Mechanisms of Constitutive IKACh in AF (p 1031)
Makary et al suggest a scheme for stopping the perpetual progression of atrial fibrillation.
Atrial fibrillation, the most common form of heart arrhythmia, is associated with fibrosis and remodeling of the atria, which in turn worsens the arrhythmia. This positive feedback loop is thought to be in part caused by the activation of an inward constitutive potassium current in the cardiomyocytes. In vitro evidence shows that this current can be diminished by the activation of protein kinase C, but, counter-intuitively, PKC is activated in patients with atrial fibrillation – where the current is clearly not curbed. Using a dog model of the disease, Makary et al have now discovered that different isoforms of PKC inhibit or activate the potassium current. PKCα, which inhibits the potassium current, was down-regulated in the dog model cells, while PKCε, which the team showed activated the current, was relocated to the plasma membrane. It is possible that this relocation would put PKCε in the perfect place to directly phosphorylate the relevant potassium channel. Whatever the target of PKCε might be, inhibiting the activity of PKCε while boosting that of PKCα might be a strategy for tackling atrial fibrillation, say the team.
MSCs and Repair in Hibernating Myocardium (p 1044)
Injected stem cells induce resident cells to fix damaged hearts, say Suzuki et al.
Clinical trials using mesenchymal stem cells (MSCs) to improve heart function are currently underway. These trials follow numerous reports that MSCs can improve cardiac function in animal models of heart disease and myocardial infarction. It is unclear how the MSCs work, however. Some reports suggest that MSCs differentiate into cardiomyocytes, others that MSCs have paracrine effects, possibly inducing resident cardiomyoctes or stem cells to give rise to new myocytes. Suzuki et al injected MSCs into the coronary arteries of pigs with hibernating myocardium – heart tissue suffering chronic ischemia and hypertrophy, but still viable – and found that cardiomyocyte numbers increased, cellular hypertrophy was reduced, and contractility improved. The new myocytes were not MSC-derived, but apparently resulted from the mobilization and differentiation of endogenous bone marrow progenitors and the proliferation of resident myocytes. The success in improving function in this animal model, which lacks infarction, suggests that early intervention with stem cell therapy, before infarction and scarring occur, could be beneficial in heart disease patients. This concept broadens the potential indications for cell therapy.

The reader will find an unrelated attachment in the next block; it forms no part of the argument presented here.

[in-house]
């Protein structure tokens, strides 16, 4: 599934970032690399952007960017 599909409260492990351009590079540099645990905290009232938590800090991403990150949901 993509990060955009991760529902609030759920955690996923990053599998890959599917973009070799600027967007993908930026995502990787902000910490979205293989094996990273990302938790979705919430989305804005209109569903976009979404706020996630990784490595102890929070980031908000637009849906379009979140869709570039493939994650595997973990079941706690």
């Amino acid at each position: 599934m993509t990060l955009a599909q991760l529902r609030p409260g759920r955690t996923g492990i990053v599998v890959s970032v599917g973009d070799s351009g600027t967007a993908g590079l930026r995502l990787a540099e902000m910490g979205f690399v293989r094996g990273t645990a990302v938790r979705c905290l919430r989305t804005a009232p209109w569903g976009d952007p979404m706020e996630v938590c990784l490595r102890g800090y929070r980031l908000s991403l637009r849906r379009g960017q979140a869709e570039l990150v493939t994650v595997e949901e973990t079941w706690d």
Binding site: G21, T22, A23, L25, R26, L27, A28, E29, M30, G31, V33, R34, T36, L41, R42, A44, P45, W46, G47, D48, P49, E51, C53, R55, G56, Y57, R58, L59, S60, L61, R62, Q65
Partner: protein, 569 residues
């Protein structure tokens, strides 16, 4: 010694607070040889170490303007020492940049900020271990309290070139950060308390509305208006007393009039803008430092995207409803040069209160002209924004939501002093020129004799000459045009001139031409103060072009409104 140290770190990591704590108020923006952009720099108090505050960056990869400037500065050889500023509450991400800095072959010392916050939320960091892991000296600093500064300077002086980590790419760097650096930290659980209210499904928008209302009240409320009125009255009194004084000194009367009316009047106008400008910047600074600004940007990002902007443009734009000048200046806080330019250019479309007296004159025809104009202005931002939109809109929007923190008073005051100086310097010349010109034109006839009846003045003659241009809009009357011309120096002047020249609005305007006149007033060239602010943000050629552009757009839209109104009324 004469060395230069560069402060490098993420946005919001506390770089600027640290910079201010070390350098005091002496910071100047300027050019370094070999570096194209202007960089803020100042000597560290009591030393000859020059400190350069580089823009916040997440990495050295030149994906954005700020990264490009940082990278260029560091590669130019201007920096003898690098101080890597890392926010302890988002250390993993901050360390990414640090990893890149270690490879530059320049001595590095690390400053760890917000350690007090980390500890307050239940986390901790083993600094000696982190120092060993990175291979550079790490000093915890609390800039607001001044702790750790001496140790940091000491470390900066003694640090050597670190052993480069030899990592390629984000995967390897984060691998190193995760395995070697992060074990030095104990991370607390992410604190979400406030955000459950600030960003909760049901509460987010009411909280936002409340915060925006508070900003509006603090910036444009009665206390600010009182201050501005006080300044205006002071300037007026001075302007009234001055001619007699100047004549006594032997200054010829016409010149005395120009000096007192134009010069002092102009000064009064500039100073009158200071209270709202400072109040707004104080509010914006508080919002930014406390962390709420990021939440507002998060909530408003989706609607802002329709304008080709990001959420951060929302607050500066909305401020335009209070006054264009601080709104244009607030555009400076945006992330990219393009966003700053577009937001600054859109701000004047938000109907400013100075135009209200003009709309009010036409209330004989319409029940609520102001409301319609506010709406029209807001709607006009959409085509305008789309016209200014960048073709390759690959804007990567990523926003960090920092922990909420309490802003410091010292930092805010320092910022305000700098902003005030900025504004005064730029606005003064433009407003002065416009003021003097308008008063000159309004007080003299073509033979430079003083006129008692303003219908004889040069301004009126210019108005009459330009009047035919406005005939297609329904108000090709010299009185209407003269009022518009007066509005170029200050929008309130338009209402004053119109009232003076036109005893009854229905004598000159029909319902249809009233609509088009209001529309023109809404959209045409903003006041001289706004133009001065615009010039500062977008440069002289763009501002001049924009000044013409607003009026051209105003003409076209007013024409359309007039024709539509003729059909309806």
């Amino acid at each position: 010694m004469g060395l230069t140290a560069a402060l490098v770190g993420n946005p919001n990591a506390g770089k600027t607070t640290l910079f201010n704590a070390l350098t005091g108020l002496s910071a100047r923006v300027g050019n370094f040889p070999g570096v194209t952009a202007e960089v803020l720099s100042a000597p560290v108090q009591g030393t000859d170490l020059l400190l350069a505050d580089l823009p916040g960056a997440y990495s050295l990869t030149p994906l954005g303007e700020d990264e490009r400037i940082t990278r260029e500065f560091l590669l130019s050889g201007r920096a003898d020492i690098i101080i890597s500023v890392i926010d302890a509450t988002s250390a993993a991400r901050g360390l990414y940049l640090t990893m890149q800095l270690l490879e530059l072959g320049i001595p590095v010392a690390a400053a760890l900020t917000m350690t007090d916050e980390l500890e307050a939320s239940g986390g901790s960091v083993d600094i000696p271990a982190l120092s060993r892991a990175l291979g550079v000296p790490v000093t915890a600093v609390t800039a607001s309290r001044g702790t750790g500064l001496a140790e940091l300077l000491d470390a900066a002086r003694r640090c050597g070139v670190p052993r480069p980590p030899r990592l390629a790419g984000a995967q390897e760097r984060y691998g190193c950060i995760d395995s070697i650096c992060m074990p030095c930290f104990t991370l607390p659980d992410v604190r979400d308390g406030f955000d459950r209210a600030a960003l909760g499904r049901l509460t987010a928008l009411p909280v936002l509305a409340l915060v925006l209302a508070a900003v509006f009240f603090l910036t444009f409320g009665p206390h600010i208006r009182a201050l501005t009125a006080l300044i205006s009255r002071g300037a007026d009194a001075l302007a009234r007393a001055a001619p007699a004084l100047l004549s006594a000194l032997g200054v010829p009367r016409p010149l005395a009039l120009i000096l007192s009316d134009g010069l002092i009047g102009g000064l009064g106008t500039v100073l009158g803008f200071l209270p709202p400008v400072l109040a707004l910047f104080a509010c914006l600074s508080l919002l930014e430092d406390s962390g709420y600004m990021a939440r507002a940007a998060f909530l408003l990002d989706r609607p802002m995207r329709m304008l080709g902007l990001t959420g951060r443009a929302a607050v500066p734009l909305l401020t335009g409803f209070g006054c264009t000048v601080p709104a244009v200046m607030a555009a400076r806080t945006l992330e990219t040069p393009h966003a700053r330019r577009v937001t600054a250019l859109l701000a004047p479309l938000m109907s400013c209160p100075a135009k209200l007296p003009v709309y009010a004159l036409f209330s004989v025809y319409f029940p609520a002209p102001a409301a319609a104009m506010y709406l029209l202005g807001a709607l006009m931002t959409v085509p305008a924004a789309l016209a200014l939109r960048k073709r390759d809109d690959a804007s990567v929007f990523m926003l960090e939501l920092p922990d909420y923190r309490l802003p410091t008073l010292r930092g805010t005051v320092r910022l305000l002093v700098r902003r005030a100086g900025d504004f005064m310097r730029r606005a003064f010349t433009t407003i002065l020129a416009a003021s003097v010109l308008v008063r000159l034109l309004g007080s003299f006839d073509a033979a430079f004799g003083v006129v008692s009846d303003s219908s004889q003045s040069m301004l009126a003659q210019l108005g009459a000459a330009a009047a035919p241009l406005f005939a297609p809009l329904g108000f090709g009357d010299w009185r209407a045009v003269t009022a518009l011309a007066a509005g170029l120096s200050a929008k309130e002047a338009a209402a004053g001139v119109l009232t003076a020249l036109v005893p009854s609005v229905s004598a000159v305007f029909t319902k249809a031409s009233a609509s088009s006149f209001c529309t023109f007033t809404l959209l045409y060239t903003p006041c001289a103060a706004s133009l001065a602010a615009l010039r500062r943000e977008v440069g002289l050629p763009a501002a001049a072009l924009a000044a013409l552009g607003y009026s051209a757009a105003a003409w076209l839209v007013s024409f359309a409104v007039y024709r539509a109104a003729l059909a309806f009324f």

Human Atrial AP Models (p 1055)
A new atrial myocyte model by Grandi et al is providing mechanistic insight into atrial fibrillation.
Treatment and management of atrial fibrillation, the most common human heart arrhythmia, is hindered by a lack of mechanistic knowledge about the condition. It is hoped that computer simulations of atrial myocyte electrophysiology might provide clues as to why the pathology arises and then persists. However, none of the atrial myocyte simulations have, to date, included adequate details of calcium regulation – which recent evidence suggests goes awry in atrial fibrillation. Grandi et al have now developed a new atrial myocyte model based on the model for ventricle myocytes they had previously developed. Importantly the new model incorporates the crucial atrial myocyte calcium-handling data. Cytosolic calcium bursts (transients) are reportedly reduced in atrial myocytes during atrial fibrillation, and this is associated with reduced muscle contractility. Analysis of the data using this model suggests that blocking a potassium current specifically expressed in atrial myocytes can restore calcium transients. This potassium current might therefore be a good target for enhancing contractility in patients with atrial fibrillation, suggest the authors.
Written by Ruth Williams
- © 2011 American Heart Association, Inc.